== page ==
As congestion pricing projects are becoming more common there is a growing volume of literature describing the projects and their effects. However, there is little published literature on the strengths and weaknesses of prevailing congestion pricing evaluation methodologies. This study is intended to address that deficiency; to summarize current practice and recommend a framework that can inform the UPA/CRD evaluations that are currently in progress and which may also help guide future U.S. DOT or other evaluations.
The primary focus of this study is on the environmental impacts of congestion pricing, including air quality, noise and environmental justice. However, environmental impacts are typically a direct result of travel impacts of projects, such as changes in traffic volumes and roadway speeds. As such, it was clear that this study must also consider how the travel impacts which underlie environmental impacts have been and can best be evaluated.
The study process consisted of the following steps:
The initial scan of published literature utilized extensive Internet-based literature searches as well as some searches of university library and technical journal databases. The initial scan was intended to provide a sketch-level understanding of the number and general nature of congestion pricing projects and studies of those projects worldwide. That understanding also informed the selection of a manageable number of study projects.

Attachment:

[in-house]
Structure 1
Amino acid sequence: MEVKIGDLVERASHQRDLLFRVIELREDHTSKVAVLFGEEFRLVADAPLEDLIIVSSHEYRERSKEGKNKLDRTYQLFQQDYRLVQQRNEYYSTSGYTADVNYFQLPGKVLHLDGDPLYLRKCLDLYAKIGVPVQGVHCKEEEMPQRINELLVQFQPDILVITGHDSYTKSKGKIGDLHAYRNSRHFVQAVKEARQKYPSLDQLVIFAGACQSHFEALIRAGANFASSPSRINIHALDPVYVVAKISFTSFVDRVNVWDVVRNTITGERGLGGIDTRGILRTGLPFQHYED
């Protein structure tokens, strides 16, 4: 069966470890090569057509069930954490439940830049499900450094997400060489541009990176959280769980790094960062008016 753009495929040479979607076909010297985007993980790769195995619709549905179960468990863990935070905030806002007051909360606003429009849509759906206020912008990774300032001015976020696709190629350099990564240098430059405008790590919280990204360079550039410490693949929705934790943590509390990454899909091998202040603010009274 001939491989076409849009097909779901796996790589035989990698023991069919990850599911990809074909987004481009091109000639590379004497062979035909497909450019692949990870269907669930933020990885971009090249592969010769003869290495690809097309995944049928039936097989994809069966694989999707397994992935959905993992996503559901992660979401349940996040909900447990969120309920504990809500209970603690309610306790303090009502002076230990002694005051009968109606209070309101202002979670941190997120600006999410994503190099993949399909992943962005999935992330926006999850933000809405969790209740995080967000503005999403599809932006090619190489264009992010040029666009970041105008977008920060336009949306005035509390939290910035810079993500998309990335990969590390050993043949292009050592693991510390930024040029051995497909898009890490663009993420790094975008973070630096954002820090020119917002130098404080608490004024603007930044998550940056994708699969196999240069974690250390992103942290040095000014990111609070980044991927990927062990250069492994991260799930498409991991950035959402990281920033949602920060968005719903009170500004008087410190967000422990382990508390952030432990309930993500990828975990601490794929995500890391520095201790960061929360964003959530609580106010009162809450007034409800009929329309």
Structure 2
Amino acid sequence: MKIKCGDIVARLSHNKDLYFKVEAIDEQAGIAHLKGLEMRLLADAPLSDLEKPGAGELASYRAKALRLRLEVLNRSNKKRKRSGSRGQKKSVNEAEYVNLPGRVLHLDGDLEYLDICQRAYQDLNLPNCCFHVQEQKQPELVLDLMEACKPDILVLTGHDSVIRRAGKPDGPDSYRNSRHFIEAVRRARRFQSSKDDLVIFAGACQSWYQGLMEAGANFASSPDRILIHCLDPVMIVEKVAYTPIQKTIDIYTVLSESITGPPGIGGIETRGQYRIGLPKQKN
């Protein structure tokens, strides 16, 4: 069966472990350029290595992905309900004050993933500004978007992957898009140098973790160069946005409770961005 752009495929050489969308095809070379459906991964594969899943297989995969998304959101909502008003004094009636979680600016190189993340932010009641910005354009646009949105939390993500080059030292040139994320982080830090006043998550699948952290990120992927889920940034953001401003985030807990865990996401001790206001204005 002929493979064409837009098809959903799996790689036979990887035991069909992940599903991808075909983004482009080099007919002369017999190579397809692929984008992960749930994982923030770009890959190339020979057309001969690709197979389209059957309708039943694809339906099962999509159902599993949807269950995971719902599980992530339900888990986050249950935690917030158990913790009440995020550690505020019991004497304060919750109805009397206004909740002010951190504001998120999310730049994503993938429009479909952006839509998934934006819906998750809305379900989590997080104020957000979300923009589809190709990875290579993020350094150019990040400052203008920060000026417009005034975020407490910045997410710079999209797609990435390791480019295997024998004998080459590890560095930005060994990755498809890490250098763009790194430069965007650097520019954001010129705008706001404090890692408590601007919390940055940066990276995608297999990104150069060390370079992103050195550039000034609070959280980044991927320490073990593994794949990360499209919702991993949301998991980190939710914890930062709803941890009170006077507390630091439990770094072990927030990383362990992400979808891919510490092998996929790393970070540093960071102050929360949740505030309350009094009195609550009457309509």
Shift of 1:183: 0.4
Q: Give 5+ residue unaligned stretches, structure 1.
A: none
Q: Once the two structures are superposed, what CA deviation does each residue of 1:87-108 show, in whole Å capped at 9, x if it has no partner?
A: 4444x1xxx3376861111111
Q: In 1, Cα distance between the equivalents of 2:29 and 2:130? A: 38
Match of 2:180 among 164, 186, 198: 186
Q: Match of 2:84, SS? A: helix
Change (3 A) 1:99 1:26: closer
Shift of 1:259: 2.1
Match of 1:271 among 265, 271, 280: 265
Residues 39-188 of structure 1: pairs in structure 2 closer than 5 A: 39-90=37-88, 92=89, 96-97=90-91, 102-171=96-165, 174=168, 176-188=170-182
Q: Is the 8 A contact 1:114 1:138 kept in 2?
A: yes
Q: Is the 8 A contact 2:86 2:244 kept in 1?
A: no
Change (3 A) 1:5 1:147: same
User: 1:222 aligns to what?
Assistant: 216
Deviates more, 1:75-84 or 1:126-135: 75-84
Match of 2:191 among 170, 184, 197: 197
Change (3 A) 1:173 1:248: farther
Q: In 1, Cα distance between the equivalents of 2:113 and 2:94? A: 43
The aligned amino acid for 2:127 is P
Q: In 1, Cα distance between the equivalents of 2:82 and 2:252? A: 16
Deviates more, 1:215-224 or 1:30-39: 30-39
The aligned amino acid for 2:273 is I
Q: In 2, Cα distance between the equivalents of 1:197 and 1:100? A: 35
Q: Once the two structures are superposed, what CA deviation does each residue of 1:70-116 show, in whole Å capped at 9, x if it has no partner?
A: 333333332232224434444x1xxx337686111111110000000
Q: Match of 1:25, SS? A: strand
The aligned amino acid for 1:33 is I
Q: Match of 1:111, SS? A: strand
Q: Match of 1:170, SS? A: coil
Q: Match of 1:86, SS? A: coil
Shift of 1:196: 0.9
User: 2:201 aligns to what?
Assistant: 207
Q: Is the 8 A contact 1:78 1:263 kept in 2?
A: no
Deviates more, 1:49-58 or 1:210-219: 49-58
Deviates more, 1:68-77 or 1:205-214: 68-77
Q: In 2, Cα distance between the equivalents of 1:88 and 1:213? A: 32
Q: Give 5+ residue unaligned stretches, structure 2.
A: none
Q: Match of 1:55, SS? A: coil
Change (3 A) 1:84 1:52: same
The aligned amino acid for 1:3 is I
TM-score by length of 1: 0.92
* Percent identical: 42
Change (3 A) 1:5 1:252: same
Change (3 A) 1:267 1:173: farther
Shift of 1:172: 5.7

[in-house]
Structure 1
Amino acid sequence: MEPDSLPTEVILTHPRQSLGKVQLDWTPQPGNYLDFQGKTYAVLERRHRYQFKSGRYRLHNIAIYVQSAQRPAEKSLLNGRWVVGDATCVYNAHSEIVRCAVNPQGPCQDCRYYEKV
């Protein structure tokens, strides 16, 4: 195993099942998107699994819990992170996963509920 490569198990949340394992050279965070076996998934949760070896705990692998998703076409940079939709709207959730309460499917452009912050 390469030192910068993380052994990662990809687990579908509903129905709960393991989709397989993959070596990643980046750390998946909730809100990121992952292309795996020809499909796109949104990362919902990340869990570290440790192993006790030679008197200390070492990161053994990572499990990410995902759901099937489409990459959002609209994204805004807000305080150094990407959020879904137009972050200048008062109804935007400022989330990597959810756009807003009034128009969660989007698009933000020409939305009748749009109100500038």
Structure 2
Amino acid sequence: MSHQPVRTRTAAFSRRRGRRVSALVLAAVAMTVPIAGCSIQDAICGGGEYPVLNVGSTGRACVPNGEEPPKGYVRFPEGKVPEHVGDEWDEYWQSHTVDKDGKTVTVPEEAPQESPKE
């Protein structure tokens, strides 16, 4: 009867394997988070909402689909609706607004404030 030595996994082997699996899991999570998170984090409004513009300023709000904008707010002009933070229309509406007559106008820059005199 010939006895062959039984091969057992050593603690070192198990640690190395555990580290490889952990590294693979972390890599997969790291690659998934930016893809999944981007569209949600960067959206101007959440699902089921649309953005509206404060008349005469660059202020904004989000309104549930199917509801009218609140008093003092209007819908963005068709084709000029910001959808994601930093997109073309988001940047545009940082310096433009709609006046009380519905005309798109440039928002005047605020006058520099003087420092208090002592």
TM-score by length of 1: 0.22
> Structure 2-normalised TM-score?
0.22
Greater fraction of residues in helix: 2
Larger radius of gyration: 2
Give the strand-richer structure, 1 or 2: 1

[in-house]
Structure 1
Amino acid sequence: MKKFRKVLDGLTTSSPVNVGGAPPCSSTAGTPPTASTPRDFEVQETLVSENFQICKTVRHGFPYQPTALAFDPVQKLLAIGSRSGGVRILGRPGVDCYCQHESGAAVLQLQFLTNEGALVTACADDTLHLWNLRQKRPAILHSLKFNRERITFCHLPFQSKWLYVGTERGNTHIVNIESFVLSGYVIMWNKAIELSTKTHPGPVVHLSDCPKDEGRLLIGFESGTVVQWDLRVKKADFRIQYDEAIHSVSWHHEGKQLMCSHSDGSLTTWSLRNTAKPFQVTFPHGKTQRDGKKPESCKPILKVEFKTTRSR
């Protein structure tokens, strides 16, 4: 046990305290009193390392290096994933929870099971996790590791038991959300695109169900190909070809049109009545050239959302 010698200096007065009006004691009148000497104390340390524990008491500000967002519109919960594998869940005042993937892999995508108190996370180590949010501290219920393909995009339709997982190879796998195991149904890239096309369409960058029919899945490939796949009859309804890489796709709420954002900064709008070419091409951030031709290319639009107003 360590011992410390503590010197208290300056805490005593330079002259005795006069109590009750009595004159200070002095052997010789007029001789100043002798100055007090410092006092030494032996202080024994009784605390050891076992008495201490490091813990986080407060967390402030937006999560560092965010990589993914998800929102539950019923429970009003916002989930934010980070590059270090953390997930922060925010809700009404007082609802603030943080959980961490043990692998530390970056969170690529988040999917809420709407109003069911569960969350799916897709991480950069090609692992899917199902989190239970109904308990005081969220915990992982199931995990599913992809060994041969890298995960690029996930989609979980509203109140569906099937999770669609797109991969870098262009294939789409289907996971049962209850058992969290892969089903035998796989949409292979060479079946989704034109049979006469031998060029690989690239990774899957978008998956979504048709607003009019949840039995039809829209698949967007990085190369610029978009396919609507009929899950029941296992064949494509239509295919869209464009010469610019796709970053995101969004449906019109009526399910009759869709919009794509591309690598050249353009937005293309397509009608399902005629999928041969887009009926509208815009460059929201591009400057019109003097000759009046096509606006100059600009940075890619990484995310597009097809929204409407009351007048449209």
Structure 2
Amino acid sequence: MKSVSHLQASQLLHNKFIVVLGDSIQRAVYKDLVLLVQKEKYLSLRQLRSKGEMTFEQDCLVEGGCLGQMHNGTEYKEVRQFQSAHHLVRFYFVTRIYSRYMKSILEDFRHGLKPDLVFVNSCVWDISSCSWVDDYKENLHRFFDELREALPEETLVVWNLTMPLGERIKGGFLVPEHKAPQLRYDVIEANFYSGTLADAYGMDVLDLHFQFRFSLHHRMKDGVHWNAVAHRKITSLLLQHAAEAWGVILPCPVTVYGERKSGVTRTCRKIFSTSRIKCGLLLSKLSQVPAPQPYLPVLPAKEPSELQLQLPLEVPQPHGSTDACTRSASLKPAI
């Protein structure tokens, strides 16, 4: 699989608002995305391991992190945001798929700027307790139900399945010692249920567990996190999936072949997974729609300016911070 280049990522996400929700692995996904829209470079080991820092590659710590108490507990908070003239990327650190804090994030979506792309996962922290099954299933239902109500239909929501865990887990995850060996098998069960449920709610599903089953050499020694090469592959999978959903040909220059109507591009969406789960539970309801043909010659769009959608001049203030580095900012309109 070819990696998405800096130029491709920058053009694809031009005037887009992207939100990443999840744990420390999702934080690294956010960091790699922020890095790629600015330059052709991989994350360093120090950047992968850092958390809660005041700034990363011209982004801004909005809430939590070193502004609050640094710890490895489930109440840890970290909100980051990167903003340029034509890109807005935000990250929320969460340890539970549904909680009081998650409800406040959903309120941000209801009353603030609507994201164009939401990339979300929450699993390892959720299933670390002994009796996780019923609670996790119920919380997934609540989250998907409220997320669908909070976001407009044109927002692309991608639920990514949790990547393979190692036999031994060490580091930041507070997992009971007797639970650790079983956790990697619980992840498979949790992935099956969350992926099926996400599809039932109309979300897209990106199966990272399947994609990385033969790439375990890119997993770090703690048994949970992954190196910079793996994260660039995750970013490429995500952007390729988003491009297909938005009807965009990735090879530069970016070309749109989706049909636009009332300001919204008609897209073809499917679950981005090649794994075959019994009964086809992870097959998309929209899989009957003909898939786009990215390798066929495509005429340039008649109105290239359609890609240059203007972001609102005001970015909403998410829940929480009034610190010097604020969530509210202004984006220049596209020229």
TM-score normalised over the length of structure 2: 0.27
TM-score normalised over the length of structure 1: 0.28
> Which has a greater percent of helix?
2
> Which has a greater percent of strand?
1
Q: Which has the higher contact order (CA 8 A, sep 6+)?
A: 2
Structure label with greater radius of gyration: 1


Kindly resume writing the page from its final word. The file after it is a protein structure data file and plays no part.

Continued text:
Note: Strategies shown in bold type are congestion pricing strategies.
A number of conclusions were drawn based on the initial scan:
The following compiled lists of congestion pricing projects include the projects considered in the initial scan conducted for this study and are available on-line:
Following the initial scan, a subset of congestion pricing projects was selected for detailed literature review based on consideration of the following factors:
Based on these factors, along with practical considerations encountered over the course of the research—namely difficulties in finding sufficient documentation for certain projects—the following eight study projects were selected.